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Table of contents
THE CONQUEST OF THE VENEREAL DISEASES-8.1
THE CONQUEST OF THE VENEREAL DISEASES-8.2
THE CONQUEST OF THE VENEREAL DISEASES-8.3
THE CONQUEST OF THE VENEREAL DISEASES-8.4
THE CONQUEST OF THE VENEREAL DISEASES-8.5
THE CONQUEST OF THE VENEREAL DISEASES-8.6
FOOTNOTES
SEXUAL MORALITY-9.1
SEXUAL MORALITY-9.2
SEXUAL MORALITY-9.3
SEXUAL MORALITY-9.4
SEXUAL MORALITY-9.5
SEXUAL MORALITY-9.6
SEXUAL MORALITY-9.7
SEXUAL MORALITY-9.8
SEXUAL MORALITY-9.9
MARRIAGE-10.1
MARRIAGE-10.2
MARRIAGE-10.3
MARRIAGE-10.4
MARRIAGE-10.5
MARRIAGE-10.6
MARRIAGE-10.7
MARRIAGE-10.8
MARRIAGE-10.9
MARRIAGE-10.10
MARRIAGE-10.11
MARRIAGE-10.12
FOOTNOTES
THE ART OF LOVE-11.1
THE ART OF LOVE-11.2
THE ART OF LOVE-11.3
THE ART OF LOVE-11.4
THE ART OF LOVE-11.5
THE ART OF LOVE-11.6
THE ART OF LOVE-11.7
THE ART OF LOVE-11.8
THE ART OF LOVE-11.9
THE ART OF LOVE-11.10
THE ART OF LOVE-11.11
FOOTNOTES
THE SCIENCE OF PROCREATION-12.1
THE SCIENCE OF PROCREATION-12.2
THE SCIENCE OF PROCREATION-12.3
THE SCIENCE OF PROCREATION-12.4
THE SCIENCE OF PROCREATION-12.5
THE SCIENCE OF PROCREATION-12.6
THE SCIENCE OF PROCREATION-12.7
THE SCIENCE OF PROCREATION-12.8
THE SCIENCE OF PROCREATION-12.9
FOOTNOTES
INDEX OF AUTHORS

and XXVIII; Cabanes, _Indiscretions de l'Histoire_, p. 121, etc. 

 

The control of procreation by the prevention of conception has, we have 

seen, become a part of the morality of civilized peoples. There is another 

method, not indeed for preventing conception, but for limiting offspring, 

which is of much more ancient appearance in the world, though it has at 

different times been very differently viewed and still arouses widely 

opposing opinions. This is the method of abortion. 

 

While the practice of abortion has by no means, like the practice of 

preventing conception, become accepted in civilization, it scarcely 

appears to excite profound repulsion in a large proportion of the 

population of civilized countries. The majority of women, not excluding 

educated and highly moral women, who become pregnant against their wish 

contemplate the possibility of procuring abortion without the slightest 

twinge of conscience, and often are not even aware of the usual 

professional attitude of the Church, the law, and medicine regarding 

abortion. Probably all doctors have encountered this fact, and even so 

distinguished and correct a medico-legist as Brouardel stated[437] that he 

had been not infrequently solicited to procure abortion, for themselves or 

their wet-nurses, by ladies who looked on it as a perfectly natural thing, 

and had not the least suspicion that the law regarded the deed as a crime. 

 

It is not, therefore, surprising that abortion is exceedingly common in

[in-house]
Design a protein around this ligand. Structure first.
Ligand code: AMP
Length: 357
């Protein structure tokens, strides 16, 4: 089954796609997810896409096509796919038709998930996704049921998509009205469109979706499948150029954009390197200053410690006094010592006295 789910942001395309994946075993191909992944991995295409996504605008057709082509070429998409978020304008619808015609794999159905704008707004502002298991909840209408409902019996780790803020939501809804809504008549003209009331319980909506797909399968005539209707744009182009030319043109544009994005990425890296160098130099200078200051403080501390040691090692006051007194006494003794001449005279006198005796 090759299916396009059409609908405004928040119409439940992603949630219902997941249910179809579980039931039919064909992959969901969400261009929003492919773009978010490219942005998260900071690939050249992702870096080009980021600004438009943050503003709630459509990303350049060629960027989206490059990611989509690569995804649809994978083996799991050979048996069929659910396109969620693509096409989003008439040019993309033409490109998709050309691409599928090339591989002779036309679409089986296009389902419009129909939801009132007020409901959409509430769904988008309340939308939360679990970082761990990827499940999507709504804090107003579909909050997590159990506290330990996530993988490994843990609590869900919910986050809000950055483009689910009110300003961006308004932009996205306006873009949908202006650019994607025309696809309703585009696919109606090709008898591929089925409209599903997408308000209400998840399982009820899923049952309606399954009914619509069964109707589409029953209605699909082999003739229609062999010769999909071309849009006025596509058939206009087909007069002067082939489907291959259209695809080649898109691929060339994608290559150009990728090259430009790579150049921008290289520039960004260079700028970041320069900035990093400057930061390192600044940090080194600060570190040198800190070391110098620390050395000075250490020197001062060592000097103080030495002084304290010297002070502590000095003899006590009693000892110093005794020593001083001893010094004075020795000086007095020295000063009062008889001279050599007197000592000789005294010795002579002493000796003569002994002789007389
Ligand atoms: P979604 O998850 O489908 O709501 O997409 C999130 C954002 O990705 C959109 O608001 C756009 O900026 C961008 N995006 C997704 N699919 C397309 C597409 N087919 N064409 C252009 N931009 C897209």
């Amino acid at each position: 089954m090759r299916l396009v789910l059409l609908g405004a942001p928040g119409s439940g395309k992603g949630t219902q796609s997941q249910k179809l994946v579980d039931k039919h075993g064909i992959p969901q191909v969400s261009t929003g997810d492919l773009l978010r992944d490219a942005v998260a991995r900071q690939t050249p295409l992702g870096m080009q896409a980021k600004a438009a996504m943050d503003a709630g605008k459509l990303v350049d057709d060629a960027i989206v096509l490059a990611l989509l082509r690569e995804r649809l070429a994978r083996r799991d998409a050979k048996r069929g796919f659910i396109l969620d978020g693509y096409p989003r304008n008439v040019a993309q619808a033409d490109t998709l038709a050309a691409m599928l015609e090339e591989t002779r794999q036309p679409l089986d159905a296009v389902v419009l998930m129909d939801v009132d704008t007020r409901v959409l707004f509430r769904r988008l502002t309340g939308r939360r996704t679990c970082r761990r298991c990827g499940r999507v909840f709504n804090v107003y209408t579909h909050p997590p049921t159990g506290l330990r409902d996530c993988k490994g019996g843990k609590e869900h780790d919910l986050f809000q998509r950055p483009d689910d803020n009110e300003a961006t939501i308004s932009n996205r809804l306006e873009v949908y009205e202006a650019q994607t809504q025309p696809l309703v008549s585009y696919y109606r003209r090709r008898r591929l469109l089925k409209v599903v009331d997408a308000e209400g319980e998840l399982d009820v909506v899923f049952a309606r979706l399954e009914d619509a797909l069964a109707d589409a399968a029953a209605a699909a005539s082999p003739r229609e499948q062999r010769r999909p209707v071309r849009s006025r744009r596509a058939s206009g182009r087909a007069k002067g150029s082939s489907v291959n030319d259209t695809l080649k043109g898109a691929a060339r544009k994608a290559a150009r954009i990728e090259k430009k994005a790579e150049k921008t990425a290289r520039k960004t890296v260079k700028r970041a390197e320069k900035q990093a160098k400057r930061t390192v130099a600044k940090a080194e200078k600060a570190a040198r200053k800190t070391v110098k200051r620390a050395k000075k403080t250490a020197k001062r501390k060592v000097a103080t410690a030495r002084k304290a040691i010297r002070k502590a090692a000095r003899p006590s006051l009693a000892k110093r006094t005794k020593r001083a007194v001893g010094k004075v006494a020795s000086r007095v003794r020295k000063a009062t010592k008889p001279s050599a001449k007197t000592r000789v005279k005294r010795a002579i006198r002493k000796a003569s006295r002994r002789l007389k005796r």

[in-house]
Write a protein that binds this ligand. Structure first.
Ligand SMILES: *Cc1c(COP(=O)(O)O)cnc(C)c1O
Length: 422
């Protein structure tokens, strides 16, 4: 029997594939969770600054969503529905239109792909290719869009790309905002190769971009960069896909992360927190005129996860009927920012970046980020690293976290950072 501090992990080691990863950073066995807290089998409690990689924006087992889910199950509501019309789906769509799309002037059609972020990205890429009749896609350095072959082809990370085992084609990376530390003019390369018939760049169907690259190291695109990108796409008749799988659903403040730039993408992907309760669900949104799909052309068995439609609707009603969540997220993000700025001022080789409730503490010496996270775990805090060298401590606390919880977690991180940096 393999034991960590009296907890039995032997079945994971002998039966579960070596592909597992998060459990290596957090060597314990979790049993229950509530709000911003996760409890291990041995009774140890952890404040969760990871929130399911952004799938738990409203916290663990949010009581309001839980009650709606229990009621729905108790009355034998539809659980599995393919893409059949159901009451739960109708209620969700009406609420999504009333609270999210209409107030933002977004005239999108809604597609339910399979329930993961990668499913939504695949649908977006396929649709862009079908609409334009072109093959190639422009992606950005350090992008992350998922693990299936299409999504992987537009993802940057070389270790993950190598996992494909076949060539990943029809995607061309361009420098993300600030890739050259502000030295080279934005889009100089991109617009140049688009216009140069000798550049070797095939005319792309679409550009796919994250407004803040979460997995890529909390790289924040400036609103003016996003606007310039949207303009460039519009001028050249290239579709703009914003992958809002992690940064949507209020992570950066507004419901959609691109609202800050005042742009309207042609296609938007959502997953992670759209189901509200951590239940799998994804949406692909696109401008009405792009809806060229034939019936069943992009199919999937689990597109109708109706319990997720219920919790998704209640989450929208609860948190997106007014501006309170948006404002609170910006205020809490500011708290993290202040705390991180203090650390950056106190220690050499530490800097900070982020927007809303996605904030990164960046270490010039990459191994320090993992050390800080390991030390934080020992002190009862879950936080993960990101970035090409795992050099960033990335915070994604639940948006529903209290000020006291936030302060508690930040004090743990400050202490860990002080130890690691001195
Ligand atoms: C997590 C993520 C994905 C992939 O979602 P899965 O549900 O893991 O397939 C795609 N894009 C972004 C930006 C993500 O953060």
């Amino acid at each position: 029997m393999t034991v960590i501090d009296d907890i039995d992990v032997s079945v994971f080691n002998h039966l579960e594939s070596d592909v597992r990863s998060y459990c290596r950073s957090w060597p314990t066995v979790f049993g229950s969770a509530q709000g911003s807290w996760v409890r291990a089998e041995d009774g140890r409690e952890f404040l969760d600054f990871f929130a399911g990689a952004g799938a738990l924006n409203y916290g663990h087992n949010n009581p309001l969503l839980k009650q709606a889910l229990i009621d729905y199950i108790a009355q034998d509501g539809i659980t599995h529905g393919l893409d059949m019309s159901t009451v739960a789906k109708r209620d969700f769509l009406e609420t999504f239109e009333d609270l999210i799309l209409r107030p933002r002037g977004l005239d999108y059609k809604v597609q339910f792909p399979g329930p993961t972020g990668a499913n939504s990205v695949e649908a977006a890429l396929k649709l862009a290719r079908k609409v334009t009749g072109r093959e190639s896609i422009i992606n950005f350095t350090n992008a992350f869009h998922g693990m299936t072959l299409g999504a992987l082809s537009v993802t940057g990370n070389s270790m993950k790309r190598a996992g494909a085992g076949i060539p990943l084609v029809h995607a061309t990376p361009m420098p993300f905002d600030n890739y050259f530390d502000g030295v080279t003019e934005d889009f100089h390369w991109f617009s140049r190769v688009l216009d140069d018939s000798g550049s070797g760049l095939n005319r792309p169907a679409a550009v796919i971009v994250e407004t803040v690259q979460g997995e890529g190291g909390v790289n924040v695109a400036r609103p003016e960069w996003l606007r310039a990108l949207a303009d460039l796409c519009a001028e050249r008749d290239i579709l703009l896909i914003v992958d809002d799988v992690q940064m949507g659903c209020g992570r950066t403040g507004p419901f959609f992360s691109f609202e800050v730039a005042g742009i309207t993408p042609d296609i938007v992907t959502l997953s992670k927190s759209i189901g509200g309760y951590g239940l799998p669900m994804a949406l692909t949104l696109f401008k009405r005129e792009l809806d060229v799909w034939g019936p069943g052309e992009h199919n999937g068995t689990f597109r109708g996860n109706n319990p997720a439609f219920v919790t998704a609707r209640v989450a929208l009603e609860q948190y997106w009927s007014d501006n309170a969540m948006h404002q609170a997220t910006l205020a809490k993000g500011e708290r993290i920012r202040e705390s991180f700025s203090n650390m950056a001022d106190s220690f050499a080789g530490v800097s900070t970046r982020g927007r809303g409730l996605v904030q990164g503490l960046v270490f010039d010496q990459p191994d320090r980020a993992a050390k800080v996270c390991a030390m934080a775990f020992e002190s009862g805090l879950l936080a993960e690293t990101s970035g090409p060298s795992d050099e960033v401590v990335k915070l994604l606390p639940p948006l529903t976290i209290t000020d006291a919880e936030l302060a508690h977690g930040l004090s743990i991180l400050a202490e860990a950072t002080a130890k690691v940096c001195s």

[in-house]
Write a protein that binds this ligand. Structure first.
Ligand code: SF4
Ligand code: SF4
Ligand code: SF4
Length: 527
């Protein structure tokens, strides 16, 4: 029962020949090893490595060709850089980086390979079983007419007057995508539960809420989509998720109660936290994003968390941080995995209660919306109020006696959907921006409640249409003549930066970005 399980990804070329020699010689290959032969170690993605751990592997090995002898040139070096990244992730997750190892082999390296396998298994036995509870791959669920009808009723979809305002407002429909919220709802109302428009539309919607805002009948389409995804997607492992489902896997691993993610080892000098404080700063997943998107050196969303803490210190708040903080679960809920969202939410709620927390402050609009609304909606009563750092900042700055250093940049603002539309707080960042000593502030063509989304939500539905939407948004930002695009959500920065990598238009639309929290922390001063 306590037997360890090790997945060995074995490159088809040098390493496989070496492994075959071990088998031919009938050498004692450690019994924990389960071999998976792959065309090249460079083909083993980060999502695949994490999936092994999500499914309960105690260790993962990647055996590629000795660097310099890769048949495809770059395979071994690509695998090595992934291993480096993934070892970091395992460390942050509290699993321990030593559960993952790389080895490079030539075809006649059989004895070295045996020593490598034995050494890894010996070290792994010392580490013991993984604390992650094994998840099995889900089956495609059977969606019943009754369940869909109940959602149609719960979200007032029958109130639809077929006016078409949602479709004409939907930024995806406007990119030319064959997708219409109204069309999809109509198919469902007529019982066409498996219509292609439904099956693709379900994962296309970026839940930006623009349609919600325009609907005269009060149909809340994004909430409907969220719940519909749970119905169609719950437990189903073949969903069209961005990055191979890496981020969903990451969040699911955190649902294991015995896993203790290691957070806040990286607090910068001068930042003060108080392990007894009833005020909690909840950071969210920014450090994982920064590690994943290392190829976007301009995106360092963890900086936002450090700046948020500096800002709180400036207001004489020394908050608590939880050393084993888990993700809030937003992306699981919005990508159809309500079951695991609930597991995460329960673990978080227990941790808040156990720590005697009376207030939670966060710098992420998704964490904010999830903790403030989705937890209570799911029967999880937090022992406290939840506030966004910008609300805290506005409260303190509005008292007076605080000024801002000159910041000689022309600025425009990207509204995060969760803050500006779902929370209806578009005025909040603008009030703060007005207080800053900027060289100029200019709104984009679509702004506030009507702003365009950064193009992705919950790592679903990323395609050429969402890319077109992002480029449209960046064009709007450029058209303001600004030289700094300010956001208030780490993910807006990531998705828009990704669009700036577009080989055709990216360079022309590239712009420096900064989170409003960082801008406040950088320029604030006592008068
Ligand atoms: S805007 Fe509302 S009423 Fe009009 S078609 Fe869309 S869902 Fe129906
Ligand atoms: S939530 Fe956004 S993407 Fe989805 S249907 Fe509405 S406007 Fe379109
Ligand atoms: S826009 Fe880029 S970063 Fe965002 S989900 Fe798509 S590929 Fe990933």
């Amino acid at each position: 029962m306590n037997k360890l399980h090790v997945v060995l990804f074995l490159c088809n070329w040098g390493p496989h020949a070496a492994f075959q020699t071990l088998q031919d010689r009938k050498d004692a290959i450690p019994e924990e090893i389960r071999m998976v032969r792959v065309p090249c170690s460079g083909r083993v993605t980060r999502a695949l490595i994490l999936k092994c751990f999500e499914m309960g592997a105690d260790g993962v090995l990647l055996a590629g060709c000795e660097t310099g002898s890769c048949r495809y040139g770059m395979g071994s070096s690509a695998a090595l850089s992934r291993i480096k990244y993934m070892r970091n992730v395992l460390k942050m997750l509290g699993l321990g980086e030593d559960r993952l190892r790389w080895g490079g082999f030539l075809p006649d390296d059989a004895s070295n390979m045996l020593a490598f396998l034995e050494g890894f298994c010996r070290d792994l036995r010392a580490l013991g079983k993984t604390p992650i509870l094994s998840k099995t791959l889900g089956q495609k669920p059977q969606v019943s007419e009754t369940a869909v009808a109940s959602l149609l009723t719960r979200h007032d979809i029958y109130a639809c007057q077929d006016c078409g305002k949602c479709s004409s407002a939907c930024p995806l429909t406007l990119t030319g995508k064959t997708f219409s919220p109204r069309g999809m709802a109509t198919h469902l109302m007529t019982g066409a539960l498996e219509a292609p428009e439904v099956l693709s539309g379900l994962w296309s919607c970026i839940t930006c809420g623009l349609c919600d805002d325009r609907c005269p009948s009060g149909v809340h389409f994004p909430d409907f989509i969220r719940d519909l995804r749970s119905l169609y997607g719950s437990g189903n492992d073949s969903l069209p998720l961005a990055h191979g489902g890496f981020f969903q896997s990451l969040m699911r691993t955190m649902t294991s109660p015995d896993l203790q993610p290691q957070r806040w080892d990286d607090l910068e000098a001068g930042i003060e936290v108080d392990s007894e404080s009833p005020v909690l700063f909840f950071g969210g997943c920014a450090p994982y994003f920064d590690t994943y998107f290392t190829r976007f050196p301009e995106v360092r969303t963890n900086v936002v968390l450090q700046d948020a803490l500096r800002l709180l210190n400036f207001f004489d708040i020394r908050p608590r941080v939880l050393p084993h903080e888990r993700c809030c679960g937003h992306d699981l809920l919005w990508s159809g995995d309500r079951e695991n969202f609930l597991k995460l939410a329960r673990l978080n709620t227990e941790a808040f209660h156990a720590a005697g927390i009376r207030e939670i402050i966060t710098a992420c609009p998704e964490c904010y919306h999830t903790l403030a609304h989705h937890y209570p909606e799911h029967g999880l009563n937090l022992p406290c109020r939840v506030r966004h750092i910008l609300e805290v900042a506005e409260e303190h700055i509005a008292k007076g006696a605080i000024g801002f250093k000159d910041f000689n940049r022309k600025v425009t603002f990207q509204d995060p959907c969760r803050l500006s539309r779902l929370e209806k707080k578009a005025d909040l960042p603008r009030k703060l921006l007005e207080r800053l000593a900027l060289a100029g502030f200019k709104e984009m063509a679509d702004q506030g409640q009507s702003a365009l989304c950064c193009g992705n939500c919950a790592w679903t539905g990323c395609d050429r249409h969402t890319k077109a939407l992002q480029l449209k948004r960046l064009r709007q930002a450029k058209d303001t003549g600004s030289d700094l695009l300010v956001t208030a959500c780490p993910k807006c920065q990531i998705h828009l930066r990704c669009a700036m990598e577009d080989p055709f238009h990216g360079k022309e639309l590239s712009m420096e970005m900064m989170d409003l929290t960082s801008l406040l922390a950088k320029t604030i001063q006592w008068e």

all civilized and progressive countries. It cannot, indeed, unfortunately, 

be said that abortion has been conducted in accordance with eugenic 

considerations, nor has it often been so much as advocated from the 

eugenic standpoint. But in numerous classes of cases of undesired 

pregnancy, occurring in women of character and energy, not accustomed to 

submit tamely to conditions they may not have sought, and in any case 

consider undesirable, abortion is frequently resorted to. It is usual to 

regard the United States as a land in which the practice especially 

flourishes, and certainly a land in which the ideal of chastity for 

unmarried women, of freedom for married women, of independence for all, is 

actively followed cannot fail to be favorable to the practice of abortion. 

But the way in which the prevalence of abortion is proclaimed in the 

United States is probably in large part due to the honesty of the 

Americans in setting forth, and endeavoring to correct, what, rightly or 

wrongly, they regard as social defects, and may not indicate any real 

pre-eminence in the practice. Comparative statistics are difficult, and it 

is certainly true that abortion is extremely common in England, in France, 

and in Germany. It is probable that any national differences may be 

accounted for by differences in general social habits and ideals. Thus in 

Germany, where considerable sexual freedom is permitted to unmarried women 

and married women are very domesticated, abortion may be less frequent 

than in France where purity is stringently demanded from the young girl, 

while the married woman demands freedom for work and for pleasure. But 

such national differences, if they exist, are tending to be levelled down, 

and charges of criminal abortion are constantly becoming more common in 

Germany; though this increase, again, may be merely due to greater zeal in 

pursuing the offence. 

 

Brouardel (op. cit., p. 39) quotes the opinion that, in New York, 

only one in every thousand abortions is discovered. Dr. J.F. 

Scott (_The Sexual Instinct_, Ch. VIII), who is himself strongly 

opposed to the practice, considers that in America, the custom of 


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